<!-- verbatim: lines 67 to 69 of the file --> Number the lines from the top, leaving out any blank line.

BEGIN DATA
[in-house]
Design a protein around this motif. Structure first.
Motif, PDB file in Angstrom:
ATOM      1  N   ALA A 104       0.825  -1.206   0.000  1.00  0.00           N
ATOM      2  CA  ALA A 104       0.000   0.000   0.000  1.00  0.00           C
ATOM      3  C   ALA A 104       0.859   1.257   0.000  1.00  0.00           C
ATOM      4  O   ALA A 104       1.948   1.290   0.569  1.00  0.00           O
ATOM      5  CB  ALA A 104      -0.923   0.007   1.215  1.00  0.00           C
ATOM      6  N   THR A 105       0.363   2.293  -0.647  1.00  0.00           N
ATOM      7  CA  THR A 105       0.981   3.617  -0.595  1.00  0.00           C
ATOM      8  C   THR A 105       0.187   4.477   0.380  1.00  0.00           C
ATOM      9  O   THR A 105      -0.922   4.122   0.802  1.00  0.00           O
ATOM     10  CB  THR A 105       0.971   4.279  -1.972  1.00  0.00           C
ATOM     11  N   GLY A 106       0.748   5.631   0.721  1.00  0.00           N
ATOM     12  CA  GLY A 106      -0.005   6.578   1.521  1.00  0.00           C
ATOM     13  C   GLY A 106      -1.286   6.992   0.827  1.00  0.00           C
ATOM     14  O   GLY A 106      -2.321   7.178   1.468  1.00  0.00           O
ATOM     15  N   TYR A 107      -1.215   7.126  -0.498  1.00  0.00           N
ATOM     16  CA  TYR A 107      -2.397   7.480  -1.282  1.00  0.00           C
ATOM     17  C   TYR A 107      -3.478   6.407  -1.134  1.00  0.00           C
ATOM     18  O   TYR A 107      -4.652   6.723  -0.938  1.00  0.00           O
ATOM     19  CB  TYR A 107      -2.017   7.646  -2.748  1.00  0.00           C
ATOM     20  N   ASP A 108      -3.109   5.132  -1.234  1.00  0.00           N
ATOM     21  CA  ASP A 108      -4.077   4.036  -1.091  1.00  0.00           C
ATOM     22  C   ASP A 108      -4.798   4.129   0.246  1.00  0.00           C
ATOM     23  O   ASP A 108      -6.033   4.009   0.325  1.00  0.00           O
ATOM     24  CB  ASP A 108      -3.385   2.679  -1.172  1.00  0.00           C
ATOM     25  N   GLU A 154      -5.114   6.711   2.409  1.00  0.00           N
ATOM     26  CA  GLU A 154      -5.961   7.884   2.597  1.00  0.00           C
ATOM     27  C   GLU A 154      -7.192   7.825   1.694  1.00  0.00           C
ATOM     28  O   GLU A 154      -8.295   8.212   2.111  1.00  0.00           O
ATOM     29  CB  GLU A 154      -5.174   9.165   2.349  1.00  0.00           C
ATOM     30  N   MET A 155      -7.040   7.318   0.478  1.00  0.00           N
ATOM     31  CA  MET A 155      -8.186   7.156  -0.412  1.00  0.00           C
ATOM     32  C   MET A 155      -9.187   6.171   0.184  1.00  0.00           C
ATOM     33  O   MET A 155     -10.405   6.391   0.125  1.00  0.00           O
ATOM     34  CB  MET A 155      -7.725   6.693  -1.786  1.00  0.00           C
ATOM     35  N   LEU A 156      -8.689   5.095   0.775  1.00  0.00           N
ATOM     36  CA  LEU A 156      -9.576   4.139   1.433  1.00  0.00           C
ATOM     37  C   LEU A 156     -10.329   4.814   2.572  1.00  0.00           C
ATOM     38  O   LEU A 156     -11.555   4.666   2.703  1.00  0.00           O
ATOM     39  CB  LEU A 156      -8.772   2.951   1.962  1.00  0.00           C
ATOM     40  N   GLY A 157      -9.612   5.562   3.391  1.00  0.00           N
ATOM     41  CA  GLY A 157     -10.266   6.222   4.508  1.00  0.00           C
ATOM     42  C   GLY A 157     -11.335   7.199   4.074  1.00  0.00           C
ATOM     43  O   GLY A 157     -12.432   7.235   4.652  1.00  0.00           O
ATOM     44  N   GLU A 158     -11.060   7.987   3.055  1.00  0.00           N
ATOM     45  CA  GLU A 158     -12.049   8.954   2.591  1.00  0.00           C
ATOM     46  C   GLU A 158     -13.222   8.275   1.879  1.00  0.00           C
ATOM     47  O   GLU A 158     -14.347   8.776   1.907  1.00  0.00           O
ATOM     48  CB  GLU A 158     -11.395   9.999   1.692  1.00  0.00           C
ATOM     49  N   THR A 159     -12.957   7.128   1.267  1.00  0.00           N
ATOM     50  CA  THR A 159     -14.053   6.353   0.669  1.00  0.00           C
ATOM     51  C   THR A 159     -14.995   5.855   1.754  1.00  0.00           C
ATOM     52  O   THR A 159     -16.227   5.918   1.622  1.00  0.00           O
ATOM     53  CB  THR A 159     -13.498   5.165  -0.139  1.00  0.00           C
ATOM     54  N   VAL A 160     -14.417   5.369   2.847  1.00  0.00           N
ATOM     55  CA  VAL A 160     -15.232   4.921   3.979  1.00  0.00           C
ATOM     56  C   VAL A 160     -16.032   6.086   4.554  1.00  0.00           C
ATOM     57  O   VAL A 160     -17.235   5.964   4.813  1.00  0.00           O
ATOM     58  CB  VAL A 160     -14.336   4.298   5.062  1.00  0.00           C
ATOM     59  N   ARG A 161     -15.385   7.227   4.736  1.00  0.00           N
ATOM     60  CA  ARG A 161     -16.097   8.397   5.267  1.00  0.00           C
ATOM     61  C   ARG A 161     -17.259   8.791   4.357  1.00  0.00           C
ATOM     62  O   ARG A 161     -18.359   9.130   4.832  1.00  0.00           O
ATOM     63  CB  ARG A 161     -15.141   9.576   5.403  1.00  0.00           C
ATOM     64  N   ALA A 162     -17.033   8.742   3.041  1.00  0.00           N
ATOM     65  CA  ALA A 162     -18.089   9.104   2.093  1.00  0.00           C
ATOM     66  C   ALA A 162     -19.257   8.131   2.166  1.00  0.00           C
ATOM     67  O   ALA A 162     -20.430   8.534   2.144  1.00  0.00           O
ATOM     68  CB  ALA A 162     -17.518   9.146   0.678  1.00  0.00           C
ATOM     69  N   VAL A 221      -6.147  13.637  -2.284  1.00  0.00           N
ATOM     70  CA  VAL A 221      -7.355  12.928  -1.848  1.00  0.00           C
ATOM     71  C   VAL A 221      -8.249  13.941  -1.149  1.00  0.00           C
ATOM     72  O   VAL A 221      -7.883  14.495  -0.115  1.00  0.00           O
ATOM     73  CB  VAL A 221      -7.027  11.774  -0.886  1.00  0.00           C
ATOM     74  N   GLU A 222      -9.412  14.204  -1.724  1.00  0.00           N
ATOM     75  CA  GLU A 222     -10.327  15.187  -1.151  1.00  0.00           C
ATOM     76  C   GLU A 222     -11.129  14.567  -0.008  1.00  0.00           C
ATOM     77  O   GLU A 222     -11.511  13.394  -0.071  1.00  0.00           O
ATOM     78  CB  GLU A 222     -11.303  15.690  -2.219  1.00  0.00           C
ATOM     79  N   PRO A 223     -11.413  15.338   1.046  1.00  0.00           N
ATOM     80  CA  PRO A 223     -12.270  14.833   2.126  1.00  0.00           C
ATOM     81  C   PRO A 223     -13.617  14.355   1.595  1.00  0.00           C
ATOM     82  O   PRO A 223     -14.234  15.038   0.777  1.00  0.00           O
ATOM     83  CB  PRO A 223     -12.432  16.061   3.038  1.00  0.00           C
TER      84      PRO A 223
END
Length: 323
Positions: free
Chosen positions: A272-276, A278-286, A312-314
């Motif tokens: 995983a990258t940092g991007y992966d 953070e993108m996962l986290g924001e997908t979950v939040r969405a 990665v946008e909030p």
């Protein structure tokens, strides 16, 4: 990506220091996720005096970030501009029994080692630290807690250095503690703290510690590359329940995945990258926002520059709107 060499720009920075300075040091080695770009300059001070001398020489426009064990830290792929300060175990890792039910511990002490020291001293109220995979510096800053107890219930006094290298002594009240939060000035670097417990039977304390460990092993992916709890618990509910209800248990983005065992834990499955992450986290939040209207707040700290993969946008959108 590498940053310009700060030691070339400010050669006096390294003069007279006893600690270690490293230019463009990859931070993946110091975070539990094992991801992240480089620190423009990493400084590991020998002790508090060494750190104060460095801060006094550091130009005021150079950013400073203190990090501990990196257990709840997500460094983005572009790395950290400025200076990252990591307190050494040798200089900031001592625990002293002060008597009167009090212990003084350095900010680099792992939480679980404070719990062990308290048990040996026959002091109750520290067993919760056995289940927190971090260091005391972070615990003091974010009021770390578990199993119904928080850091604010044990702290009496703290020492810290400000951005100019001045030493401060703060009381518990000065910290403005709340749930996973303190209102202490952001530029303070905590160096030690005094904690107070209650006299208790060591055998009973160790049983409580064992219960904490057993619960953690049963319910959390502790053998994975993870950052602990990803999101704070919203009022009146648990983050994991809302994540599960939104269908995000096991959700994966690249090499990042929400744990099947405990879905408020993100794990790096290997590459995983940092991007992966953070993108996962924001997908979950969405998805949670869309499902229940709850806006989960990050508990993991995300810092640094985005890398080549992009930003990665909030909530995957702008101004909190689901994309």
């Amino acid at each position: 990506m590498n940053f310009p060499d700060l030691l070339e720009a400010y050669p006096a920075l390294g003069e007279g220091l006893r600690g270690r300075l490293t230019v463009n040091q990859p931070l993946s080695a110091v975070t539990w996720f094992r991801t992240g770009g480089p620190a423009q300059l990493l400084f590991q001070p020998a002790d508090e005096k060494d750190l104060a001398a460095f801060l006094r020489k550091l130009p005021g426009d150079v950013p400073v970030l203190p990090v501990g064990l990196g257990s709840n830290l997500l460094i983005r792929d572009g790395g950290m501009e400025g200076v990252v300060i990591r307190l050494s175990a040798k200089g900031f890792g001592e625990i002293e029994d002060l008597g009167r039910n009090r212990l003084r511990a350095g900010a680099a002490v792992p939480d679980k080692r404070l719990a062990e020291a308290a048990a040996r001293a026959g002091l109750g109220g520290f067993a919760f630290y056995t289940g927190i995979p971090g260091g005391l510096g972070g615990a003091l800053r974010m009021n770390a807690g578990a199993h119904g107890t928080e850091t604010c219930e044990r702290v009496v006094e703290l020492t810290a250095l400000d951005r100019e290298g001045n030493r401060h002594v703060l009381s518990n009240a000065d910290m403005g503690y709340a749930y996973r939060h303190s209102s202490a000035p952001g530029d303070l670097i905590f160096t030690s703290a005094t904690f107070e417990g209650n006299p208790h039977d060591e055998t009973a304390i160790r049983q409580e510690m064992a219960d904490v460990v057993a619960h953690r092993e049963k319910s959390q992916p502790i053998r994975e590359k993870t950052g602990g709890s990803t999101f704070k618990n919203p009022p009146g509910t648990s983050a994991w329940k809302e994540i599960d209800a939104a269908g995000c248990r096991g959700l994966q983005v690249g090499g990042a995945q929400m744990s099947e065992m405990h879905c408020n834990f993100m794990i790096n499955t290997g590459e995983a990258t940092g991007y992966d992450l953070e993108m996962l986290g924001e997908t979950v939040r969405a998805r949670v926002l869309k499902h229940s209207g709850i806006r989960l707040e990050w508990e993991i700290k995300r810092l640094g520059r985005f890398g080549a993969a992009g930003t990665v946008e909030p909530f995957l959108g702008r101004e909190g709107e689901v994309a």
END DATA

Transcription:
ATOM     64  N   ALA A 162     -17.033   8.742   3.041  1.00  0.00           N
ATOM     65  CA  ALA A 162     -18.089   9.104   2.093  1.00  0.00           C
ATOM     66  C   ALA A 162     -19.257   8.131   2.166  1.00  0.00           C